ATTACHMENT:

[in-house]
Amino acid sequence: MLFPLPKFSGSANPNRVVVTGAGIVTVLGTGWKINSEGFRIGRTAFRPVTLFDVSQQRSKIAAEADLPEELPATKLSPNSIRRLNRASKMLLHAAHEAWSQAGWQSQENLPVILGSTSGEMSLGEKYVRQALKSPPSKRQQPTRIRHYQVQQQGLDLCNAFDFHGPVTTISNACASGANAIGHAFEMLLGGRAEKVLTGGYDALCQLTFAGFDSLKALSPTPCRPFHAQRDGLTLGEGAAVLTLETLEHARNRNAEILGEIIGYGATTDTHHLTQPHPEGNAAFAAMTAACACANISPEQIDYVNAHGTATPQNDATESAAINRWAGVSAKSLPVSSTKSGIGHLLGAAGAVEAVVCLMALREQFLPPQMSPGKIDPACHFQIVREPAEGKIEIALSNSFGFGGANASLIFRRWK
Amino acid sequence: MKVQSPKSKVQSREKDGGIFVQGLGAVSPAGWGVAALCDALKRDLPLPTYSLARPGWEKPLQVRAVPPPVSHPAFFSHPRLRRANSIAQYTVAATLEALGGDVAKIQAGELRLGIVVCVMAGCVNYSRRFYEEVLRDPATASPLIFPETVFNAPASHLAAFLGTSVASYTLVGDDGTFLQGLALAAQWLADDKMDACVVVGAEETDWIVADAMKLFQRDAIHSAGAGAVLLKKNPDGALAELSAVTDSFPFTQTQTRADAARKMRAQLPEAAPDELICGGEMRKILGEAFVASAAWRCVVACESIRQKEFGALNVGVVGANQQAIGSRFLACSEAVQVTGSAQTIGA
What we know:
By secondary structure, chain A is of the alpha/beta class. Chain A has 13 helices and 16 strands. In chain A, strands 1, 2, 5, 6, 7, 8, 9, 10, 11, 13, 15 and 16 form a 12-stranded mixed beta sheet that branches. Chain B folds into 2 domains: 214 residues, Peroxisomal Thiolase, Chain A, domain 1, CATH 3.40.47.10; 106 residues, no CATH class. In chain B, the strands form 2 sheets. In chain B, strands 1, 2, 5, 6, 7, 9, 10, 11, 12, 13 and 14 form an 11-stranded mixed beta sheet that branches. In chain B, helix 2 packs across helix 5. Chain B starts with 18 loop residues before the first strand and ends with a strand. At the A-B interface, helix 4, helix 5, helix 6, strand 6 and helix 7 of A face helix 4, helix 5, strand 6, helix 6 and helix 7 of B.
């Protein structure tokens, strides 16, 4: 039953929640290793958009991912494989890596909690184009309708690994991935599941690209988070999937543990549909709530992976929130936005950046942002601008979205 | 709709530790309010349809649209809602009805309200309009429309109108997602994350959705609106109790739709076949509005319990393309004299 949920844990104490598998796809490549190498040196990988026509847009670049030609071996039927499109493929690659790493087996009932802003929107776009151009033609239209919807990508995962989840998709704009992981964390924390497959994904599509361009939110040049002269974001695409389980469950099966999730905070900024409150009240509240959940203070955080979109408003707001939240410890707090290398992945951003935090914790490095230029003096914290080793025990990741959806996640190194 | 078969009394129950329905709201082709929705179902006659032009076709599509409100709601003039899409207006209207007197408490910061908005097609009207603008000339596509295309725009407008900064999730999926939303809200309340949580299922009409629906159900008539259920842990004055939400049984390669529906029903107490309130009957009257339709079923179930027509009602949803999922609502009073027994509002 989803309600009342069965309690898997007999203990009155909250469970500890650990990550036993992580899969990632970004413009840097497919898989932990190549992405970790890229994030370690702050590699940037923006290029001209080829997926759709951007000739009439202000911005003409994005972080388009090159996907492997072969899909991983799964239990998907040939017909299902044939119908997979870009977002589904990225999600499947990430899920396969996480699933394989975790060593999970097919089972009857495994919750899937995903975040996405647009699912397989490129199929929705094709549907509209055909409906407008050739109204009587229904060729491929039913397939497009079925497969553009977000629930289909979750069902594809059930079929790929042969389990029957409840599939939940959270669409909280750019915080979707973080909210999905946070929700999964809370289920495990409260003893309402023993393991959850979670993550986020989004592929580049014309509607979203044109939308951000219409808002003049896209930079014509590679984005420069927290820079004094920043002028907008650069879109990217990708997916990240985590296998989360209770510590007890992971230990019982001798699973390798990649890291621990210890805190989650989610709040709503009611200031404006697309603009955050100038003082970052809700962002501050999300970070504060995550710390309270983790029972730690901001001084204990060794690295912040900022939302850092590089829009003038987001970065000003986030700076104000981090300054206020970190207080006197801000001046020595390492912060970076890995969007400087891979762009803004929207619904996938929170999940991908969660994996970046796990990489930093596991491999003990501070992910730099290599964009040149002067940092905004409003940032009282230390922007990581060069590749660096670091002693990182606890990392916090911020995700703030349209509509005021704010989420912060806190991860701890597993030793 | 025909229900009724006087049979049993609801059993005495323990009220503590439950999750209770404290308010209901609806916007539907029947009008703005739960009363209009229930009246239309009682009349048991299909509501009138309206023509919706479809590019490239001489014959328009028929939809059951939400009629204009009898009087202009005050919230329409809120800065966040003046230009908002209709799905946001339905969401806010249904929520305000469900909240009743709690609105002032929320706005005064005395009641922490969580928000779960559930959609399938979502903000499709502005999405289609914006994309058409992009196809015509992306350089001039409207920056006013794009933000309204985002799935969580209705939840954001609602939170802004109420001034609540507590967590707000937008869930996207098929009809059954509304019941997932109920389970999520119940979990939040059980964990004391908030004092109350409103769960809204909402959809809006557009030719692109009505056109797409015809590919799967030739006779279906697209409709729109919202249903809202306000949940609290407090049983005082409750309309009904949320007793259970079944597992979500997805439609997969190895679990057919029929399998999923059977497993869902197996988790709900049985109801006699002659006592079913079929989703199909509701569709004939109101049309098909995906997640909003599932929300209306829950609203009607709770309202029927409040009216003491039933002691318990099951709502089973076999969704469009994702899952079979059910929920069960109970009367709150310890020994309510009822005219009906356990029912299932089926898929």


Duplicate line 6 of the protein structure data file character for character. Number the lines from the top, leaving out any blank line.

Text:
């Protein structure tokens, strides 16, 4: 039953929640290793958009991912494989890596909690184009309708690994991935599941690209988070999937543990549909709530992976929130936005950046942002601008979205 | 709709530790309010349809649209809602009805309200309009429309109108997602994350959705609106109790739709076949509005319990393309004299 949920844990104490598998796809490549190498040196990988026509847009670049030609071996039927499109493929690659790493087996009932802003929107776009151009033609239209919807990508995962989840998709704009992981964390924390497959994904599509361009939110040049002269974001695409389980469950099966999730905070900024409150009240509240959940203070955080979109408003707001939240410890707090290398992945951003935090914790490095230029003096914290080793025990990741959806996640190194 | 078969009394129950329905709201082709929705179902006659032009076709599509409100709601003039899409207006209207007197408490910061908005097609009207603008000339596509295309725009407008900064999730999926939303809200309340949580299922009409629906159900008539259920842990004055939400049984390669529906029903107490309130009957009257339709079923179930027509009602949803999922609502009073027994509002 989803309600009342069965309690898997007999203990009155909250469970500890650990990550036993992580899969990632970004413009840097497919898989932990190549992405970790890229994030370690702050590699940037923006290029001209080829997926759709951007000739009439202000911005003409994005972080388009090159996907492997072969899909991983799964239990998907040939017909299902044939119908997979870009977002589904990225999600499947990430899920396969996480699933394989975790060593999970097919089972009857495994919750899937995903975040996405647009699912397989490129199929929705094709549907509209055909409906407008050739109204009587229904060729491929039913397939497009079925497969553009977000629930289909979750069902594809059930079929790929042969389990029957409840599939939940959270669409909280750019915080979707973080909210999905946070929700999964809370289920495990409260003893309402023993393991959850979670993550986020989004592929580049014309509607979203044109939308951000219409808002003049896209930079014509590679984005420069927290820079004094920043002028907008650069879109990217990708997916990240985590296998989360209770510590007890992971230990019982001798699973390798990649890291621990210890805190989650989610709040709503009611200031404006697309603009955050100038003082970052809700962002501050999300970070504060995550710390309270983790029972730690901001001084204990060794690295912040900022939302850092590089829009003038987001970065000003986030700076104000981090300054206020970190207080006197801000001046020595390492912060970076890995969007400087891979762009803004929207619904996938929170999940991908969660994996970046796990990489930093596991491999003990501070992910730099290599964009040149002067940092905004409003940032009282230390922007990581060069590749660096670091002693990182606890990392916090911020995700703030349209509509005021704010989420912060806190991860701890597993030793 | 025909229900009724006087049979049993609801059993005495323990009220503590439950999750209770404290308010209901609806916007539907029947009008703005739960009363209009229930009246239309009682009349048991299909509501009138309206023509919706479809590019490239001489014959328009028929939809059951939400009629204009009898009087202009005050919230329409809120800065966040003046230009908002209709799905946001339905969401806010249904929520305000469900909240009743709690609105002032929320706005005064005395009641922490969580928000779960559930959609399938979502903000499709502005999405289609914006994309058409992009196809015509992306350089001039409207920056006013794009933000309204985002799935969580209705939840954001609602939170802004109420001034609540507590967590707000937008869930996207098929009809059954509304019941997932109920389970999520119940979990939040059980964990004391908030004092109350409103769960809204909402959809809006557009030719692109009505056109797409015809590919799967030739006779279906697209409709729109919202249903809202306000949940609290407090049983005082409750309309009904949320007793259970079944597992979500997805439609997969190895679990057919029929399998999923059977497993869902197996988790709900049985109801006699002659006592079913079929989703199909509701569709004939109101049309098909995906997640909003599932929300209306829950609203009607709770309202029927409040009216003491039933002691318990099951709502089973076999969704469009994702899952079979059910929920069960109970009367709150310890020994309510009822005219009906356990029912299932089926898929």